void    Resume();
          void    Pause();
          void    Play();
          void    Stop();
          void    OpenDoor();
          void    CloseDoor();

          void    Goto(int track,int minute, int second);
		
          int     GetCurrentTrack();
          int     GetCurrentMinute();
          int     GetCurrentSecond();

     protected:
          void    Init();
          void    SetTimeFormat();
          void    GetPosition(BYTE* track,BYTE* min,BYTE* sec);

     private:
          MCIDEVICEID   itsMCIDevice;
};

#endif

#include “windows.h”

#include “MCIControl.h”

MCIControl::MCIControl() :

itsMCIDevice(0)

{

Init();

SetTimeFormat();

}

MCIControl::~MCIControl()

{

MCI_GENERIC_PARMS Info;

Info.dwCallback=0;

mciSendCommand(itsMCIDevice, MCI_CLOSE, MCI_NOTIFY, DWORD(&Info;));

}

void MCIControl::Resume()

{

MCI_PLAY_PARMS Info;

BYTE track,minute,second;

GetPosition(&track;,&minute;,&second;);

Info.dwTo=0;

Info.dwCallback=0;

Info.dwFrom = MCI_MAKE_TMSF(track,minute,second,0);

mciSendCommand(itsMCIDevice, MCI_PLAY, MCI_FROM|MCI_NOTIFY, DWORD(&Info;));

}

void MCIControl::Pause()

{

MCI_GENERIC_PARMS Info;

Info.dwCallback = 0;

mciSendCommand(itsMCIDevice, MCI_PAUSE, MCI_NOTIFY, DWORD(&Info;));

}

void MCIControl::Goto(int track,int minute, int second)

{

MCI_PLAY_PARMS Info;

Info.dwCallback=0;

Info.dwTo=0;

Info.dwFrom = MCI_MAKE_TMSF(track,minute,second,0);

mciSendCommand(itsMCIDevice, MCI_PLAY, MCI_FROM|MCI_NOTIFY, DWORD(&Info;));

}

void MCIControl::Play()

{

MCI_PLAY_PARMS Info;

Info.dwCallback=0;

Info.dwTo=0;

Info.dwFrom = MCI_MAKE_TMSF(0,0,0,0);

mciSendCommand(itsMCIDevice, MCI_PLAY, MCI_FROM|MCI_NOTIFY, DWORD(&Info;));

}

void MCIControl::Stop()

{

MCI_GENERIC_PARMS Info;

Info.dwCallback = 0;

mciSendCommand(itsMCIDevice, MCI_STOP, MCI_NOTIFY, DWORD(&Info;));

}

void MCIControl::OpenDoor()

{

MCI_STATUS_PARMS Info;

Info.dwCallback=0;

Info.dwItem=0;

Info.dwReturn=0;

Info.dwTrack=0;

mciSendCommand(itsMCIDevice, MCI_SET, MCI_SET_DOOR_OPEN, DWORD(&Info;));

}

void MCIControl::CloseDoor()

{

MCI_STATUS_PARMS Info;

Info.dwCallback=0;

Info.dwItem=0;

Info.dwReturn=0;

Info.dwTrack=0;

mciSendCommand(itsMCIDevice, MCI_SET, MCI_SET_DOOR_CLOSED, DWORD(&Info;));

}

int MCIControl::GetCurrentTrack()

{

BYTE track;

GetPosition(&track;,NULL,NULL);

return track;

}

int MCIControl::GetCurrentMinute()

{

BYTE minute;

GetPosition(NULL,&minute;,NULL);

return minute;

}

int MCIControl::GetCurrentSecond()

{

BYTE second;

GetPosition(NULL,NULL,&second;);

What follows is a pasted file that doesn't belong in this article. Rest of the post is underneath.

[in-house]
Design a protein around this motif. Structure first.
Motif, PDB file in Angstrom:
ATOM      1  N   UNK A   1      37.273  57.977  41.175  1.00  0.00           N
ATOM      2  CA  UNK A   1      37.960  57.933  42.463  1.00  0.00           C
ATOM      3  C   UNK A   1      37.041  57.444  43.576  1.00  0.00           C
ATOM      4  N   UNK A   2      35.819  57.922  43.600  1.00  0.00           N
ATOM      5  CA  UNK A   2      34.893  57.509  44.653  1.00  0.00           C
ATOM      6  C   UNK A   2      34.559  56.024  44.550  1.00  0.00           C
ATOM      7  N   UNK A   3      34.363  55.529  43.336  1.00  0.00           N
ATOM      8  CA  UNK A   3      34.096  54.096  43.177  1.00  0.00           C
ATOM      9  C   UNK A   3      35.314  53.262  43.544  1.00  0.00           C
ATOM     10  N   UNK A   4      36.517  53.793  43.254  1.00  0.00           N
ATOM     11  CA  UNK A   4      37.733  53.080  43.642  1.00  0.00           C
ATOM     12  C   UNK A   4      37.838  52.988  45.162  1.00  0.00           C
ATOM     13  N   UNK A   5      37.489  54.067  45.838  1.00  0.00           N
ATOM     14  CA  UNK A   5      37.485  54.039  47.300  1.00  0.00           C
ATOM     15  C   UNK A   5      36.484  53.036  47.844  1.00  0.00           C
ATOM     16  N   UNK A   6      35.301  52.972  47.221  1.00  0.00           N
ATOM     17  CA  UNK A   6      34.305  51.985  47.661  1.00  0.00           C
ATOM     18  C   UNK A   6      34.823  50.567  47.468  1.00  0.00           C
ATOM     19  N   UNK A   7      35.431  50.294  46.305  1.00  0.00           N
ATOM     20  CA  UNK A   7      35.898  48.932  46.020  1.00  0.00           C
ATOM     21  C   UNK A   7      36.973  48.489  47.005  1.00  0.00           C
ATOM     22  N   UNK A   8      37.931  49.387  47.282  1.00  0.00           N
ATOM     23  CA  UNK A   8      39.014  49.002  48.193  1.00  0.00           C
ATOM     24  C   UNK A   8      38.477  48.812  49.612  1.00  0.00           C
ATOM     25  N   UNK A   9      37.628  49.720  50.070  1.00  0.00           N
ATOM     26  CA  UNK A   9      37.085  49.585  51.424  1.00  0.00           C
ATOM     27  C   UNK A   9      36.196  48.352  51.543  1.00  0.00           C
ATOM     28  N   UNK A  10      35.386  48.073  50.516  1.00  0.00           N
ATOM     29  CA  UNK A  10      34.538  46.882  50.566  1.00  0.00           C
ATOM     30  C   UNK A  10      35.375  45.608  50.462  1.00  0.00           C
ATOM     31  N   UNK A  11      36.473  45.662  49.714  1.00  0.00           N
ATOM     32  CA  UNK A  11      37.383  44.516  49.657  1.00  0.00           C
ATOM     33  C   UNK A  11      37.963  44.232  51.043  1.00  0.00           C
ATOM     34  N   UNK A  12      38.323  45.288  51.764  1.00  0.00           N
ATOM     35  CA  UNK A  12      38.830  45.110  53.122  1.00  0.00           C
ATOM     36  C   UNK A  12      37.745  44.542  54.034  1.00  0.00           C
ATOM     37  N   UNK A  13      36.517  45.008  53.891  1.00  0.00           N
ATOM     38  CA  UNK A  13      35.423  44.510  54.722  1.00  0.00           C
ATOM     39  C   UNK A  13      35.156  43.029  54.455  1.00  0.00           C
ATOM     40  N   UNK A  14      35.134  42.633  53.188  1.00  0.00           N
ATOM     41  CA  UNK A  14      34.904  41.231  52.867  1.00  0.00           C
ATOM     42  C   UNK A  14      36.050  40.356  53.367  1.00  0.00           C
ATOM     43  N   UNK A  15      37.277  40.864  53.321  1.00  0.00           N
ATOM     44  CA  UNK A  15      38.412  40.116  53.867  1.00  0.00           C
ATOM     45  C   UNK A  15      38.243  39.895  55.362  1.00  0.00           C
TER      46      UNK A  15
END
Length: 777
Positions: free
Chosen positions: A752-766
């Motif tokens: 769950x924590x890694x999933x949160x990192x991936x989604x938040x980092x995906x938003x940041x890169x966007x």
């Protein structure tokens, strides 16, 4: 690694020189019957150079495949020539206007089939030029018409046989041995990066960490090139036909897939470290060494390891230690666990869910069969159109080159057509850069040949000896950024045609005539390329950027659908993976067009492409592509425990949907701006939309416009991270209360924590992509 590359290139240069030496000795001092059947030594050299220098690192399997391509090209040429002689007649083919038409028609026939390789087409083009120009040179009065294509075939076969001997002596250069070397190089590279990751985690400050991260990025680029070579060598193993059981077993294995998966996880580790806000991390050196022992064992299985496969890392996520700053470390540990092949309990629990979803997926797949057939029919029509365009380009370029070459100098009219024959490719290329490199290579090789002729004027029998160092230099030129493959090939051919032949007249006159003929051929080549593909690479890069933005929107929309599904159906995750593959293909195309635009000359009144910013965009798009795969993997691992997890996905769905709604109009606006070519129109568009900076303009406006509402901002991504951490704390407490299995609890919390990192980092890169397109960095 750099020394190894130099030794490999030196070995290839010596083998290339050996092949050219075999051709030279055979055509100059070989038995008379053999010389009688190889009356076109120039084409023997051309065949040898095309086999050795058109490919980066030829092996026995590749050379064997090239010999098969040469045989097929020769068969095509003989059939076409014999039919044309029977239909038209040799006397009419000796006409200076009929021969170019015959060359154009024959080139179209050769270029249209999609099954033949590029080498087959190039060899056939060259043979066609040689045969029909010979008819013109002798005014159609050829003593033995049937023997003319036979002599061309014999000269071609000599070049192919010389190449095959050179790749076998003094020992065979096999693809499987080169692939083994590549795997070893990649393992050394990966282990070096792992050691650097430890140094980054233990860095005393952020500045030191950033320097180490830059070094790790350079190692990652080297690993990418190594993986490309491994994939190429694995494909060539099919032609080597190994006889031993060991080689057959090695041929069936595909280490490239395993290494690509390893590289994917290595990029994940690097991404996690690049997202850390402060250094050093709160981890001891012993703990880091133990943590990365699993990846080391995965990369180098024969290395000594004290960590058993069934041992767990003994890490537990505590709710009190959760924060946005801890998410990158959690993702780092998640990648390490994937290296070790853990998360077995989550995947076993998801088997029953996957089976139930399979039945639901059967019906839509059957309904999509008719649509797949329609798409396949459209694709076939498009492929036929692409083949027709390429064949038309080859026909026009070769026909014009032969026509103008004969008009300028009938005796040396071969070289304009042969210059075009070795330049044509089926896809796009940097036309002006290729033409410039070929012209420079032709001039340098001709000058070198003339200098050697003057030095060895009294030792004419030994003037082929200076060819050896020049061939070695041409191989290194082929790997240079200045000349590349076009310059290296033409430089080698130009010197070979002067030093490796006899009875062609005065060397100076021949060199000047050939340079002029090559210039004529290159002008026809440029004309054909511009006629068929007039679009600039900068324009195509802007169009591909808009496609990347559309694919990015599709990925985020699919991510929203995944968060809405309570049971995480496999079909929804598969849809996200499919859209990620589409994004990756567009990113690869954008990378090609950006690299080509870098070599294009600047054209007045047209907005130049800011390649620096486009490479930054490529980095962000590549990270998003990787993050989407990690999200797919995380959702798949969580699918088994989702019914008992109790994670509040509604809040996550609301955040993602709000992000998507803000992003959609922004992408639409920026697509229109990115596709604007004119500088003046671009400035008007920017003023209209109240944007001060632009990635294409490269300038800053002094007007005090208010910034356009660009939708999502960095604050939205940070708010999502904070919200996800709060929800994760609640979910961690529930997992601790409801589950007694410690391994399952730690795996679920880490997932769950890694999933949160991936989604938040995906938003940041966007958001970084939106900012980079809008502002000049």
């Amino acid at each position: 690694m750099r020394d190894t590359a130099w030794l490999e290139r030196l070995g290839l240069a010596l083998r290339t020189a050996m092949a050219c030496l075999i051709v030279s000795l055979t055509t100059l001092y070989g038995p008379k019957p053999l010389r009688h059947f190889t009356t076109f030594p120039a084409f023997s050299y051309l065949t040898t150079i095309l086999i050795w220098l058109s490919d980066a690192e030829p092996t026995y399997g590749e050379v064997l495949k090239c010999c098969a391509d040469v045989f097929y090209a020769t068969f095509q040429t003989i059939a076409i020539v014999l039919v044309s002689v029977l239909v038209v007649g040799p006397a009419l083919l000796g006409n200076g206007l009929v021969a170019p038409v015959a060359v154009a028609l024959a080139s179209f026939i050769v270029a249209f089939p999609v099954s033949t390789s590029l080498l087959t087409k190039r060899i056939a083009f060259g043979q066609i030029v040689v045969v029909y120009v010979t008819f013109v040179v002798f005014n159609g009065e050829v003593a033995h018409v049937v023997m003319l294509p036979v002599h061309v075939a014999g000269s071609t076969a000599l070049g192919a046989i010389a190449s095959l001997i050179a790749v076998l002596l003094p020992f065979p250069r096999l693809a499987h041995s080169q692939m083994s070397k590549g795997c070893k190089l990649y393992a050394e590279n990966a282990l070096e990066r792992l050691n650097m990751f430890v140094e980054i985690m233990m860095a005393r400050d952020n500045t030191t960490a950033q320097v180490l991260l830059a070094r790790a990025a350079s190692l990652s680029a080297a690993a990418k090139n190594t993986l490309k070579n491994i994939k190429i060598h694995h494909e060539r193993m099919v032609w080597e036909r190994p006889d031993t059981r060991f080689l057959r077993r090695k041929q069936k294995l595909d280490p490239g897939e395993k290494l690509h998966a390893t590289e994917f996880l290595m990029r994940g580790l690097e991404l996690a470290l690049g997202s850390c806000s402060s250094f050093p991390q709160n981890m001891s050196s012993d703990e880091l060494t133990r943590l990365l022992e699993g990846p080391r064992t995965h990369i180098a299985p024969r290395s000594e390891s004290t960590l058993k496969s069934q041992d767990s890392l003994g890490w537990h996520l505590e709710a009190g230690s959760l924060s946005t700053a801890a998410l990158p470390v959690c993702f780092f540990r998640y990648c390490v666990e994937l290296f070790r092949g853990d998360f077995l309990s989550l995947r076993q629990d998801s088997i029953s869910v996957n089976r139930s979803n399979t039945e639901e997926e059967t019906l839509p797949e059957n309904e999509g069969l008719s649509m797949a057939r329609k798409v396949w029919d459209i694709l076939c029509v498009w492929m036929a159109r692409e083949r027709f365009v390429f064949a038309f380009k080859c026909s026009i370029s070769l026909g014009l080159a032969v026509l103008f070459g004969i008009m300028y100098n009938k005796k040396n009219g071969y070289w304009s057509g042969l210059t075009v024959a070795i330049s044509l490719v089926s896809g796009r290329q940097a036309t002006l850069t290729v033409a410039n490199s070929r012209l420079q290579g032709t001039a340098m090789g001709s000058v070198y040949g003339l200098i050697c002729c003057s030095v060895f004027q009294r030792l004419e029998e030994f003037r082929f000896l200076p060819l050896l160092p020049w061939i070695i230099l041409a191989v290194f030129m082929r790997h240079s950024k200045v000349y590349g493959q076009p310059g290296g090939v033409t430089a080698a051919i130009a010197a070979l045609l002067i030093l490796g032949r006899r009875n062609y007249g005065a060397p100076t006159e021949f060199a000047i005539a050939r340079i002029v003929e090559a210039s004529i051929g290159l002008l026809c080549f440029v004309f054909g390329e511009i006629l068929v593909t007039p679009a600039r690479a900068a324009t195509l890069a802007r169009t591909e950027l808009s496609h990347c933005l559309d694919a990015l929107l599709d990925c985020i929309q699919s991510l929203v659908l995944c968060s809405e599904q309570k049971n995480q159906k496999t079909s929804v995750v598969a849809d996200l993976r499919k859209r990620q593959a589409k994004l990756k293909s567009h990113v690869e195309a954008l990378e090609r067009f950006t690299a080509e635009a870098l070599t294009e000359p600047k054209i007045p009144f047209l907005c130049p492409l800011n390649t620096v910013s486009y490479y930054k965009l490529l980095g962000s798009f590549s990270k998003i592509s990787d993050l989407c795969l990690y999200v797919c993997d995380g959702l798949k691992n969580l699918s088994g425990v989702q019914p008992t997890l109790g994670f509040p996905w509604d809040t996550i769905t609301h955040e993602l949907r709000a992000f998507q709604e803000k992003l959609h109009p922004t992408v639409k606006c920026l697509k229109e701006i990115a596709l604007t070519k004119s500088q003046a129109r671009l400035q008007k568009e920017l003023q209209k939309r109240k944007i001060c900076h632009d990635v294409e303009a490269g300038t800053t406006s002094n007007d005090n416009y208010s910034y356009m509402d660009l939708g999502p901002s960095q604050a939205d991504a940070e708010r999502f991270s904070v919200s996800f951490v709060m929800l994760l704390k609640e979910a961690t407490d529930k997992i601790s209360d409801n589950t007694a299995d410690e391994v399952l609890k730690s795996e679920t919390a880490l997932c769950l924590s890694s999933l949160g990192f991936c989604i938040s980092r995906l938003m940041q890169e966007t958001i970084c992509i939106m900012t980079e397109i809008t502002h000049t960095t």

return second;

}

int MCIControl::GetNumberOfTracks()

{

MCI_STATUS_PARMS Info;

Info.dwCallback = 0;

Info.dwReturn = 0;

Info.dwItem = MCI_STATUS_NUMBER_OF_TRACKS;

Info.dwTrack = 0;

mciSendCommand(itsMCIDevice,MCI_STATUS,MCI_STATUS_ITEM,DWORD(&Info;));

return (int)Info.dwReturn;

}

void MCIControl::GetPosition(BYTE* track,BYTE* min,BYTE* sec)

{

MCI_STATUS_PARMS Info;

DWORD MSF;

Info.dwCallback=0;

Info.dwReturn=0;

Info.dwTrack=0;

Info.dwItem = MCI_STATUS_POSITION;

mciSendCommand(itsMCIDevice, MCI_STATUS, MCI_STATUS_ITEM, DWORD(&Info;));

MSF = Info.dwReturn;

if (track)

*track = MCI_MSF_MINUTE(MSF);

if (min)

*min = MCI_MSF_SECOND(MSF);

if (sec)

*sec = MCI_MSF_FRAME(MSF);

}

void MCIControl::SetTimeFormat()

{

MCI_SET_PARMS Info;

Info.dwCallback=0;

Info.dwTimeFormat=MCI_FORMAT_TMSF;

Info.dwAudio=0;

mciSendCommand(itsMCIDevice, MCI_SET, MCI_SET_TIME_FORMAT, DWORD(&Info;));

}

void MCIControl::Init()

{

MCI_OPEN_PARMS Info;

Info.dwCallback=0;

Info.lpstrAlias=0;

Info.lpstrElementName=0;

Info.wDeviceID=0;

Info.lpstrDeviceType=MAKEINTRESOURCE(MCI_DEVTYPE_CD_AUDIO);

mciSendCommand(0, MCI_OPEN, MCI_OPEN_TYPE|MCI_OPEN_TYPE_ID, DWORD(&Info;));

itsMCIDevice = Info.wDeviceID;

}

Mu-Law and A-Law Compression Tutorial

Disclaimer:
This post comes from my old blog back in 2004. I’m reposting it here so that I don’t lose the content. The source was hand-written HTML so the formatting probably appears a bit off.

Overview:
What are A-Law and Mu-Law compression? In the simplest terms, they are
standard forms of audio compression for 16 bit sounds. Like most audio
compression techniques, they are lossy, which means that when you expand them
back from their compressed state, they will not be exactly the same as
when you compressed them. The compression is always 2:1, meaning that
audio compressed with either of these algorithms will always be exactly half
of their original size.

Mu-Law and A-Law compression are both logarithmic forms of data compression,
and are extremely similar, as you will see in a minute. One definition of Mu-Law is



          “…a form of logarithmic data compression

          for audio data. Due to the fact that we hear logarithmically,

          sound recorded at higher levels does not require the same

          resolution as low-level sound. This allows us to disregard

          the least significant bits in high-level data. This turns

          out to resemble a logarithmic transformation. The resulting

          compression forces a 16-bit number to be represented as an 8-bit

          number.”


(www-s.ti.com/sc/psheets/spra267/spra267.pdf)

And from the comp.dsp newsgroup FAQ we also get this definition:



          Mu-law (also “u-law”) encoding is a form of logarithmic

          quantization or companding. It’s based on the observation that

          many signals are statistically more likely to be near a low

          signal level than a high signal level. Therefore, it makes

          more sense to have more quantization points near a low level